Taylorville is one step closer to building a $2.5 billion “clean coal” power plant using Illinois coal and advanced technologies to reduce pollution. The Illinois House twice rejected the plan before approving legislation Wednesday that would allow a so-called feasibility study to estimate the cost of the project and detail the engineering of the cleaner power production. You can read about the holdup of the project and the purpose of the legislation in my June column in Illinois Issues magazine.
Now the legislation goes to the Senate. If approved, then the Nebraska-based Tenaska Inc. would conduct a study to detail how it would generate cleaner electricity, the cost of the project and the amount of money it would expect to collect in the long run. The legislation also would set parameters for Illinois’ long-term energy portfolio. Read my column for more on that.
Rep. Gary Hannig, a Litchfield Democrat whose district includes the proposed Taylorville Energy Center, described the purpose of the study. “They’re not just guesstimating what it would cost to build a plant. They’d be pretty close, to the point where they could say, ‘This is what a kilowatt of electricity will cost us.’ Then they’ll come back to us and say, ‘We’ll build it this way, it’ll be clean, and this is what it’ll cost.’ And then we say yes or no.”
The Illinois legislature would be able to review the study and vote on whether the project should proceed. Right now, no Illinois power plants qualify as a “clean coal” facility, Hannig said. Taylorville could be the first if this goes through.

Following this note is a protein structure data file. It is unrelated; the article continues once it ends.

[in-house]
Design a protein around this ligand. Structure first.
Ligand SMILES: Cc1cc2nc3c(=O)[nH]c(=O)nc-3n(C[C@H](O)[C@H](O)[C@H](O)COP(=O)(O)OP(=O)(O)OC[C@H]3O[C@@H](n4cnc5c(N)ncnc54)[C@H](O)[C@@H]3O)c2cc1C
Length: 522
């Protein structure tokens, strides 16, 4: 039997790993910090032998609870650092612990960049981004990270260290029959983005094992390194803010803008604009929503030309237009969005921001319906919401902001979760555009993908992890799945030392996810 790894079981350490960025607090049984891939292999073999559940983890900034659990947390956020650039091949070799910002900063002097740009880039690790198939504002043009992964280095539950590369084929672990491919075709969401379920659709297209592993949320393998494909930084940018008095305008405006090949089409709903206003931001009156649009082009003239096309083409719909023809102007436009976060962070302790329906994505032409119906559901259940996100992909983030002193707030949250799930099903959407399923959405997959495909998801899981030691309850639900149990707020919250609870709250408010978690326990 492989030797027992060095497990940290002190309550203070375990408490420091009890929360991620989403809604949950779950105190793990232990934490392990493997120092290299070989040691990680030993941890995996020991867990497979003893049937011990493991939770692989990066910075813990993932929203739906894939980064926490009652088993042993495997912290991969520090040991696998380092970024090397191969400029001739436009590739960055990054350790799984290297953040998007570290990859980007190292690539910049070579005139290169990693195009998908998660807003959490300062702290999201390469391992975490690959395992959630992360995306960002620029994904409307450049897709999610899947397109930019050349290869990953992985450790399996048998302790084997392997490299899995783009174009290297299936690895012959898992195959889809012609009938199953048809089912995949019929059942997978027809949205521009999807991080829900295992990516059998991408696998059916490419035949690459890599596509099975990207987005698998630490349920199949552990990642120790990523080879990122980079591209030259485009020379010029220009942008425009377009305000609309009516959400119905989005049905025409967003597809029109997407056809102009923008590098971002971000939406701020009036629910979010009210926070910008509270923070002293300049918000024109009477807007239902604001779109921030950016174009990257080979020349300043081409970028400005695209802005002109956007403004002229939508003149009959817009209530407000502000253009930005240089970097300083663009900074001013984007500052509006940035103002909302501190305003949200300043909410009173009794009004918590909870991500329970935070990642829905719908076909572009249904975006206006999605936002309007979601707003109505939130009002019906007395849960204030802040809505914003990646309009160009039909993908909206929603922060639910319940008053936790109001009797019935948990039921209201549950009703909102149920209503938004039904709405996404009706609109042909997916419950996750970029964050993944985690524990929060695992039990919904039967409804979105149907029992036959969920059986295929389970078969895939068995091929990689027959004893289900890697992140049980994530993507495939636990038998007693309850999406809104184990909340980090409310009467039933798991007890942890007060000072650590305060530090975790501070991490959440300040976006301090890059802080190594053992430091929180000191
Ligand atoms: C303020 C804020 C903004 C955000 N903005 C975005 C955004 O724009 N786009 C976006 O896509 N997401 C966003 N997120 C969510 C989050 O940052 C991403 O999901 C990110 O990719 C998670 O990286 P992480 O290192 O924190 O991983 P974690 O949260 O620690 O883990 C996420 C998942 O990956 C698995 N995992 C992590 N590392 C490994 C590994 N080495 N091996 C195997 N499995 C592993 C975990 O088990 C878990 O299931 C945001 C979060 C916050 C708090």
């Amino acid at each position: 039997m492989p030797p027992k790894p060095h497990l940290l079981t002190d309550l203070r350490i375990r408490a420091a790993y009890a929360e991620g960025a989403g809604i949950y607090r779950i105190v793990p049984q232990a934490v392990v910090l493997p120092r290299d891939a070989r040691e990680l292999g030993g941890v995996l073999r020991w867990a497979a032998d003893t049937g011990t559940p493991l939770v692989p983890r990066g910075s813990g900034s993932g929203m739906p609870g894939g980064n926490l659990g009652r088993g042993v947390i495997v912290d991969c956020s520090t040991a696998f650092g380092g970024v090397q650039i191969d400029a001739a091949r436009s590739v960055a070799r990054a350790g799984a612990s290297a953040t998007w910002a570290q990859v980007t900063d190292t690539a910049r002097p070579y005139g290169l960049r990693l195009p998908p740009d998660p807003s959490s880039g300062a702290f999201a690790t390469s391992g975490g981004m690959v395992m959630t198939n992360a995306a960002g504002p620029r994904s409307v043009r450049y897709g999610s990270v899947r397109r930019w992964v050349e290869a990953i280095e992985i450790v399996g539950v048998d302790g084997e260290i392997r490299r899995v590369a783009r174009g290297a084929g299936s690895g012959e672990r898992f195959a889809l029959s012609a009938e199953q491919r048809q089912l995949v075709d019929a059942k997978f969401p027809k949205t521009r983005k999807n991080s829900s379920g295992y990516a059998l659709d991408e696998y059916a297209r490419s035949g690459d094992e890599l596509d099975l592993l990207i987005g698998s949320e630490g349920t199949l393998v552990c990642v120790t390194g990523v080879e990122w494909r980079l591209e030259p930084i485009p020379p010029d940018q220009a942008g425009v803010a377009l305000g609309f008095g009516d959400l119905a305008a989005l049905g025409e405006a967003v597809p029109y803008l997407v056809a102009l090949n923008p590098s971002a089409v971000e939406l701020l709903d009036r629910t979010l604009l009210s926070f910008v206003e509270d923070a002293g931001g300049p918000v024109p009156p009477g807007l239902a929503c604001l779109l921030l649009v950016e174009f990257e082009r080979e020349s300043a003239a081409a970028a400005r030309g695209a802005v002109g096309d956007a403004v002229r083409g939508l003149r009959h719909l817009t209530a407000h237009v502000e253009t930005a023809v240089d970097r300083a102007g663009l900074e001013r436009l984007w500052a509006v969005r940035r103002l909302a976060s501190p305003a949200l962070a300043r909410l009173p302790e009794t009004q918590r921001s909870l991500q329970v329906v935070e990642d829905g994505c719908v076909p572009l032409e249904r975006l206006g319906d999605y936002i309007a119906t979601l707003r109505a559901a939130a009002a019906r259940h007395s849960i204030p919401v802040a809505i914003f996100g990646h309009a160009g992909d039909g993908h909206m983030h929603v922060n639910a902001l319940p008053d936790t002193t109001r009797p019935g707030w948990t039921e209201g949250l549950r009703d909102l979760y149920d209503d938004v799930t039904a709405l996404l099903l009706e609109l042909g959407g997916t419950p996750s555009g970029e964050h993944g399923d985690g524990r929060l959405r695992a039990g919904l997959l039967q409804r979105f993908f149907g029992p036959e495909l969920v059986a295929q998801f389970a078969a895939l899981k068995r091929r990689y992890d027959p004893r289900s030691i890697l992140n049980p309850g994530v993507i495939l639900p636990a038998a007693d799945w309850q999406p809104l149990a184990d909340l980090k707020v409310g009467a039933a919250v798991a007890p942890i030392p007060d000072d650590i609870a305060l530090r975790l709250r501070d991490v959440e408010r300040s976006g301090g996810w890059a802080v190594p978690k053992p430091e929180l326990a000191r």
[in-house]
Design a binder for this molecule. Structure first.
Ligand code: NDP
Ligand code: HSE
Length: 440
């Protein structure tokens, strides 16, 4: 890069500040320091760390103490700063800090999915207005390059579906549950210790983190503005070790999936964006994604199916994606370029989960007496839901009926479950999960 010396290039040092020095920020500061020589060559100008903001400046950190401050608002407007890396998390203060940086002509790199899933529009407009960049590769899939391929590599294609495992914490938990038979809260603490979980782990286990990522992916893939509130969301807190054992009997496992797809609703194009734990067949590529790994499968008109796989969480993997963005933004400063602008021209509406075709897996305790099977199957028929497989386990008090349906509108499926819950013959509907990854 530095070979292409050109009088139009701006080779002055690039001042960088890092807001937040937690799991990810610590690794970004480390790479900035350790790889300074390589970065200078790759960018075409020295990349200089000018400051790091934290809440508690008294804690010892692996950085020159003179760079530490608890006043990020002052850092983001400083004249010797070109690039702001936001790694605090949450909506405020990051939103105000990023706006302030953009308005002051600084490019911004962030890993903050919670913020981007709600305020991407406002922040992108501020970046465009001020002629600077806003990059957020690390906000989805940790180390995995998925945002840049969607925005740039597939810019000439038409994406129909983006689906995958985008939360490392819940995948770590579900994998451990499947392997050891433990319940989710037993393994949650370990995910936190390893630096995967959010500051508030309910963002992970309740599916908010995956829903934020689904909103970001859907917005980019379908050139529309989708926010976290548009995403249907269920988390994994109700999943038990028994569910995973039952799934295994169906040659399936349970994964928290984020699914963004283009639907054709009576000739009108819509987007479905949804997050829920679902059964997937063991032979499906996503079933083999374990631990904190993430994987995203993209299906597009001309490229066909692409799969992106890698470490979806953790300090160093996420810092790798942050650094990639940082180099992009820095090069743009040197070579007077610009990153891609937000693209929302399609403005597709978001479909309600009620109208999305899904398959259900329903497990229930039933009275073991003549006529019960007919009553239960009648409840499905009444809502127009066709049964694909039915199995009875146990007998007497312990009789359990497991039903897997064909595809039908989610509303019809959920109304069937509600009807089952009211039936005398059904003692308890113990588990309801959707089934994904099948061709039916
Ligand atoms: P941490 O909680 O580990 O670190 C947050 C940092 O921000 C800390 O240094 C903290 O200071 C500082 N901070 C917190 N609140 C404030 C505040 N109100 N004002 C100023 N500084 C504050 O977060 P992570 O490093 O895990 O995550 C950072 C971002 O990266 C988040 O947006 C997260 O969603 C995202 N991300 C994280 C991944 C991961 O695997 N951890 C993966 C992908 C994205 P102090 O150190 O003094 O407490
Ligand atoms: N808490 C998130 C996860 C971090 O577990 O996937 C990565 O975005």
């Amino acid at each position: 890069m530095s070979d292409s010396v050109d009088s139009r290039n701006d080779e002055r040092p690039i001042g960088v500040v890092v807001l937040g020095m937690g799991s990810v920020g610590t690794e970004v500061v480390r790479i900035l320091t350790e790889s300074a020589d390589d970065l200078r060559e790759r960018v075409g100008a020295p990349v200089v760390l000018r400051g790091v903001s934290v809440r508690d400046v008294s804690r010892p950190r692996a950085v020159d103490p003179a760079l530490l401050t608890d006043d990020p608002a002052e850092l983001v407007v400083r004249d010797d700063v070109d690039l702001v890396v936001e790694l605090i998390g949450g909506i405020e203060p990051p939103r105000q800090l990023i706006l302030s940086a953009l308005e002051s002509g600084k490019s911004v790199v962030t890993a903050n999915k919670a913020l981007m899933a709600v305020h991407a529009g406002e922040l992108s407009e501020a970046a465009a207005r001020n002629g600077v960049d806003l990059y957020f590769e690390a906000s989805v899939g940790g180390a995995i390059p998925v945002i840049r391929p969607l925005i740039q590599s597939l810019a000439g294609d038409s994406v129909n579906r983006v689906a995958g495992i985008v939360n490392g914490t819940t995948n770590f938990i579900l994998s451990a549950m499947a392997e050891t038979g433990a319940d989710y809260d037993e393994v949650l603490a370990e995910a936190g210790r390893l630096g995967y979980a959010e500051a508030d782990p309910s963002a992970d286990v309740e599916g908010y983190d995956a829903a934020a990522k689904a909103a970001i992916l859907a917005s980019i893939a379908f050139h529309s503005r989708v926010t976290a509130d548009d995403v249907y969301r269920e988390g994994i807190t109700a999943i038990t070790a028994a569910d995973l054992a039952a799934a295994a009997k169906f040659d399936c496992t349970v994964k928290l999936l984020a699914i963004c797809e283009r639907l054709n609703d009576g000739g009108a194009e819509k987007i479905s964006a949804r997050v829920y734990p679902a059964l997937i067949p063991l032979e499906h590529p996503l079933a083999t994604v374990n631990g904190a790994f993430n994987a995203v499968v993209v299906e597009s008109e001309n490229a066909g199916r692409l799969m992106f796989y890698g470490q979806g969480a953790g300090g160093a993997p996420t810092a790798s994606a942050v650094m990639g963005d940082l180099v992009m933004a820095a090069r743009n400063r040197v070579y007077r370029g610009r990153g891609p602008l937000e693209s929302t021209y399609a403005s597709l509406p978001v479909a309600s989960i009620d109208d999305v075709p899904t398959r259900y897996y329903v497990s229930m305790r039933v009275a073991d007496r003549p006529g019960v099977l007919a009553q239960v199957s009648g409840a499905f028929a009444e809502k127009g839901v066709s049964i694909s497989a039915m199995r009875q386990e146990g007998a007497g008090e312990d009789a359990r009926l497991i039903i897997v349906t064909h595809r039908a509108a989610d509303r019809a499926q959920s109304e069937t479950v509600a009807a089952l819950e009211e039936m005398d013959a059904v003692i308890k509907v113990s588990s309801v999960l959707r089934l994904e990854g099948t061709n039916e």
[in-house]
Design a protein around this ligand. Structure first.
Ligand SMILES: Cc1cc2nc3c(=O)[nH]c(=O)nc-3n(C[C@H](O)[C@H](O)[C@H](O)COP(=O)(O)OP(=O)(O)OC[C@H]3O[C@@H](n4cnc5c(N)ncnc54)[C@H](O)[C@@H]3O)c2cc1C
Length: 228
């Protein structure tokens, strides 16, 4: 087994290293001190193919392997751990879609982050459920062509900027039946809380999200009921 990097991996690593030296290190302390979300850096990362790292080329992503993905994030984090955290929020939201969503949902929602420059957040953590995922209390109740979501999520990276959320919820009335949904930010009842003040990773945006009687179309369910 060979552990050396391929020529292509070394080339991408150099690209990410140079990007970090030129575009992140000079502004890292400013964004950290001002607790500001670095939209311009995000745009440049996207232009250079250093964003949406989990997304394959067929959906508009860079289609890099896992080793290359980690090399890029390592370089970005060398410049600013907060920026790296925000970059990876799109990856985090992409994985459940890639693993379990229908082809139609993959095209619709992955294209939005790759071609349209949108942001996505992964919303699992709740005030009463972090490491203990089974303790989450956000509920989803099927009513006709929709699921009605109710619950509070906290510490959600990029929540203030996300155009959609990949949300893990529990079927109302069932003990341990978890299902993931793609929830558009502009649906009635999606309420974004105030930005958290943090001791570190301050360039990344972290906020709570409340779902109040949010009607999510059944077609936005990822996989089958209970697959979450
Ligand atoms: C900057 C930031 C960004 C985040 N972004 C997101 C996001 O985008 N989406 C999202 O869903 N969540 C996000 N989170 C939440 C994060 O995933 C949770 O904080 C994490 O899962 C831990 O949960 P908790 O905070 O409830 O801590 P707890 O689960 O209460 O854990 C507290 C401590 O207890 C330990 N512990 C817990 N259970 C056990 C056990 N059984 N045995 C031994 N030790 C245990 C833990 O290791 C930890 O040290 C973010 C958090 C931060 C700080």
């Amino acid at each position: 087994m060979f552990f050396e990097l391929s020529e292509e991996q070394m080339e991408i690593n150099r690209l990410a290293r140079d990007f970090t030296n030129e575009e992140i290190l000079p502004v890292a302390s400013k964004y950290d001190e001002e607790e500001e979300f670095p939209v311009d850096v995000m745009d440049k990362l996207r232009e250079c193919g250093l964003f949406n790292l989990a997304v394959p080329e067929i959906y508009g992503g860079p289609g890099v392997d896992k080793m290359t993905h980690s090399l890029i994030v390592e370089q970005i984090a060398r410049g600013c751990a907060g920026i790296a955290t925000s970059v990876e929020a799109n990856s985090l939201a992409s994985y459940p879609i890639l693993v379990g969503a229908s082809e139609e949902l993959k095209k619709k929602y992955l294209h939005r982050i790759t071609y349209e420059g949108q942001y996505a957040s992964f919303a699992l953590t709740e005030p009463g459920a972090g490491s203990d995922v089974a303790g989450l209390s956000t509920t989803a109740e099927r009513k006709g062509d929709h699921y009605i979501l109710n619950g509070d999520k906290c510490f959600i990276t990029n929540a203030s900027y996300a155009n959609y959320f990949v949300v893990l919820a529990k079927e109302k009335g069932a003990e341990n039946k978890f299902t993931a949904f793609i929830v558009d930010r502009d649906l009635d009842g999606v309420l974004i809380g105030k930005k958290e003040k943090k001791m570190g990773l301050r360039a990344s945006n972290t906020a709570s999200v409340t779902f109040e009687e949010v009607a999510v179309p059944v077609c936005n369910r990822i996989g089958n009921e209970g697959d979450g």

Some Republicans still opposed the measure because they said it had potential to spend a lot of taxpayer dollars on unproven technology. No tax dollars would pay for the construction of the plant, but all electricity users — including customers of Commonwealth Edison in northern Illinois and Ameren Illinois customers in the rest of the state — eventually would help pay for the power supplied by the Tenaska plant once it went online.
The other holdup, until Wednesday, was that ComEd formerly opposed the legislation. The utility said in a statement that it now is on board because the legislation would beef up the oversight by the Illinois Commerce Commission and would require the commission and the Illinois Power Agency to hire an independent consultant to review Tenaska’s cost and engineering study, which would help legislators decide whether to let the project go forward.